This is an ideological battle. People in our administration know all these things, but they don't care. They believe in social justice, in egalitarianism. They don't believe in capitalism. This is an ideological concept, not an economic one. The problem is that we are selling our souls to the devil. Everything you exchange for something else with the government puts them in control. They then own you.
Let me preface this by saying that the Republicans did a horrible, horrible job and they deserved to lose. They allowed the collapse of the system; they let Lehman fail. Why did they save Bear Sterns and not Lehman? That, I never got a good answer to. The fall of Lehman allowed AIG to fail. In essence, what our current government is doing here is exercising more power over individuals, and that curbs growth.
If you look at economies that want to grow, they allow people to create wealth. People with wealth invest back, through venture capitalists, in new businesses as opposed to simply putting the money away in savings and letting the government eat up its share.
Look at China: They are a communist country with a far more capitalistic economic system right now than ours. China wants to create wealth so that people can start up businesses, hire other people and grow the economy. The opposite of that spectrum is Cuba, where the burden of taxes and government intervention has that country in one of the worst economic conditions in the globe.
Here in the U.S., there are too many uncertainties right now surrounding just how far the government's hand is going to reach down in our pockets. If you want to start a business, you can't project your costs ahead, which means you will most likely not be able to get equity capital from a venture capitalist, who in turn will take his/her business elsewhere.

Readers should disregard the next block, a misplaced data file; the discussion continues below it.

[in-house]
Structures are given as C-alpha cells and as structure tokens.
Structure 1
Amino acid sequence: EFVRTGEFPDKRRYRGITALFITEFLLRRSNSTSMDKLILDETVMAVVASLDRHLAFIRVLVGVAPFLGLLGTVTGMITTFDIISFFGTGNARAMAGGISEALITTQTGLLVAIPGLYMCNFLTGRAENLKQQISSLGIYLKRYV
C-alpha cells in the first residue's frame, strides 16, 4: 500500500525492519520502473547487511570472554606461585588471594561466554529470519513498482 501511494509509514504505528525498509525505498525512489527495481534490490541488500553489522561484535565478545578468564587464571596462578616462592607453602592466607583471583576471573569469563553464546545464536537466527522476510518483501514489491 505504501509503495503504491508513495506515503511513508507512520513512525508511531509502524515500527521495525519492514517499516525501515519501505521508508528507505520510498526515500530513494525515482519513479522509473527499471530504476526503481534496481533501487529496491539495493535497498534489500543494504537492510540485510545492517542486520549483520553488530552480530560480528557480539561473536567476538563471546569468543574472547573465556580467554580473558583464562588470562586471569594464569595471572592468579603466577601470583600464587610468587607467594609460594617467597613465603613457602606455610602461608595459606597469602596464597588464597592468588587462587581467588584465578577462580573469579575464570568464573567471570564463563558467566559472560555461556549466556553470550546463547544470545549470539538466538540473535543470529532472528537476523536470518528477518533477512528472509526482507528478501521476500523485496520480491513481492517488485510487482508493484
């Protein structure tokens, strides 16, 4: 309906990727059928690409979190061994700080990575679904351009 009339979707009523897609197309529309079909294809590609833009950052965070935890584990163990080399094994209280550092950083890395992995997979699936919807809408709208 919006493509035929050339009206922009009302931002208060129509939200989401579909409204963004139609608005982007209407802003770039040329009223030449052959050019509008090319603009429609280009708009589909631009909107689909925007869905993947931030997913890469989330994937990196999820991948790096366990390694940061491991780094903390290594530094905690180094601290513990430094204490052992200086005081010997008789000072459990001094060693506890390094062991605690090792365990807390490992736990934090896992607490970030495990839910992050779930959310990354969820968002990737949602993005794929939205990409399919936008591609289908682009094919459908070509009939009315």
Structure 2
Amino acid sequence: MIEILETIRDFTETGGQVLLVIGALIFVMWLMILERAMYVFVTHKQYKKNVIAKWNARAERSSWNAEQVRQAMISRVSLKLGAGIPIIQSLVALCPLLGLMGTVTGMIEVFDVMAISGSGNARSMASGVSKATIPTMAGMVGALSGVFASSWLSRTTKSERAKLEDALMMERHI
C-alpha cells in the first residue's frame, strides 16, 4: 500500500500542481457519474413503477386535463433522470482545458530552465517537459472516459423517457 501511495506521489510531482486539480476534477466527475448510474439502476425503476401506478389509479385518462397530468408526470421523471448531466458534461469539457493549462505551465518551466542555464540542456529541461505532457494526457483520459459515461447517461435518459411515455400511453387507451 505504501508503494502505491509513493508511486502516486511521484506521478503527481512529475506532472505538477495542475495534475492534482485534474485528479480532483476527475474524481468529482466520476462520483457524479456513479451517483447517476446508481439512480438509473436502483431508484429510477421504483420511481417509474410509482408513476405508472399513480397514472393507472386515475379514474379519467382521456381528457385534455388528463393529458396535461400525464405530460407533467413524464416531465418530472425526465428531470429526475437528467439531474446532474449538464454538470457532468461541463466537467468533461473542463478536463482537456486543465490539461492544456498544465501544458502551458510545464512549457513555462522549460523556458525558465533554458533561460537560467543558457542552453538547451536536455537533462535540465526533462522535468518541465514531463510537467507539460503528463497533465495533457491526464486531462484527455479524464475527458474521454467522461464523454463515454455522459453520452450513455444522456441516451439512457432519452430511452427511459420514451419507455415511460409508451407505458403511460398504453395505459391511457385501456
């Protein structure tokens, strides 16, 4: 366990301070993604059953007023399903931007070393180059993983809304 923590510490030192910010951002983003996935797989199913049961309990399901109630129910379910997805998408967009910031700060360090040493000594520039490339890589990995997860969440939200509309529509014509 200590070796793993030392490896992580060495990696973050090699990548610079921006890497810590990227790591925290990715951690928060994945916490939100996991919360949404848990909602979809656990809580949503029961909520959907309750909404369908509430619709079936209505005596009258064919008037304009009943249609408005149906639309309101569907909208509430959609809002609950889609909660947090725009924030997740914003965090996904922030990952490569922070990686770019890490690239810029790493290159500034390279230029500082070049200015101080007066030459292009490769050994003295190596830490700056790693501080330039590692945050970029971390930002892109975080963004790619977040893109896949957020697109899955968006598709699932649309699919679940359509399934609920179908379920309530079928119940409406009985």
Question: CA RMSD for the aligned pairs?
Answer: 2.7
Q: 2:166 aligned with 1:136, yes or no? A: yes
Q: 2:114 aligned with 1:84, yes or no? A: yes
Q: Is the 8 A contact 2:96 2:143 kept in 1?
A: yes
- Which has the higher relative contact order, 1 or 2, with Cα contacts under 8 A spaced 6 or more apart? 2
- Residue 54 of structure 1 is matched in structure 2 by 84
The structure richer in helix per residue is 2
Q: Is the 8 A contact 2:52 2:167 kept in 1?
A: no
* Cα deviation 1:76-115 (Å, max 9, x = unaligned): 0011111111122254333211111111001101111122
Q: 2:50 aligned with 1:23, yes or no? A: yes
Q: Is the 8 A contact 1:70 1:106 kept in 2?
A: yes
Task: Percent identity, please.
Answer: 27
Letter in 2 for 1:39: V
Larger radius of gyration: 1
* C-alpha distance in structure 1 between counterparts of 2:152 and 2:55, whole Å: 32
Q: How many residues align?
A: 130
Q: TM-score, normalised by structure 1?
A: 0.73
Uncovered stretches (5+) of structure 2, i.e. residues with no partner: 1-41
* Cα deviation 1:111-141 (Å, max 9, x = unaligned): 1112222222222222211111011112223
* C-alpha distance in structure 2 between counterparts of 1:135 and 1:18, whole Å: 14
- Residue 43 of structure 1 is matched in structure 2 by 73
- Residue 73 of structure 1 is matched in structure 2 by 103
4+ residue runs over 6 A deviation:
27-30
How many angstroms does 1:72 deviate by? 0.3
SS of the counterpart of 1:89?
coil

But big businesses, the Googles of life, they will always get the money. It's the small businesses that are in trouble and it's the small businesses that can drive economic growth. The Obama administration, as it has said in the past, wants people to sacrifice as we strive for egalitarianism.
These measures, you said, trim people's ability to hedge against inflation. Is inflation in the cards?
I don't think we are headed to inflation in the short run. We are headed to hyperinflation. It has nothing to do with cost pressures, but it has to do with the loss of confidence in the government. If lenders back away from lending money to a government, that government will most likely resort to printing.
Last year, 44 percent of all of the U.S. government expenses were paid with borrowed money. This year, that number is 40 percent. When you borrow 40 percent of all that you spend for a long period of time, especially with low growth rates, lenders might start to walk away. And that will lead bond buyers to back away and the government will have to print money.
Once we lose confidence that the government will pay lenders back, we get into a 1920s-Germany-style printing problem. In many respects, we are worse off than Greece because no one can bail out the U.S.
How do you build a portfolio under these current conditions?
I'm a big believer in precious metals. Keep in mind that in times of hyperinflation, you don't need to own a lot of precious metals because they go up a lot. Look at gold's current prices: The only reason they are so high is because people are using gold to hedge their exposure. So, 5 to 10 percent of a portfolio allocated to precious metals is enough.
I would also have as much as 20 percent in various equities and maybe 5 percent in short-term T-bills because they adjust quickly in an environment of rising interest rates. I would also own corporate bonds and currencies, primarily the Aussie and the Canadian dollar as well as the Swiss franc.
And I would include a diversified portfolio of foreign securities. Of course I would also own oil futures, especially now after the Gulf spill accident, which will hinder our ability to drill. And I suggest owning managed futures. But ultimately, the key to a portfolio is hedges, and to be conservative.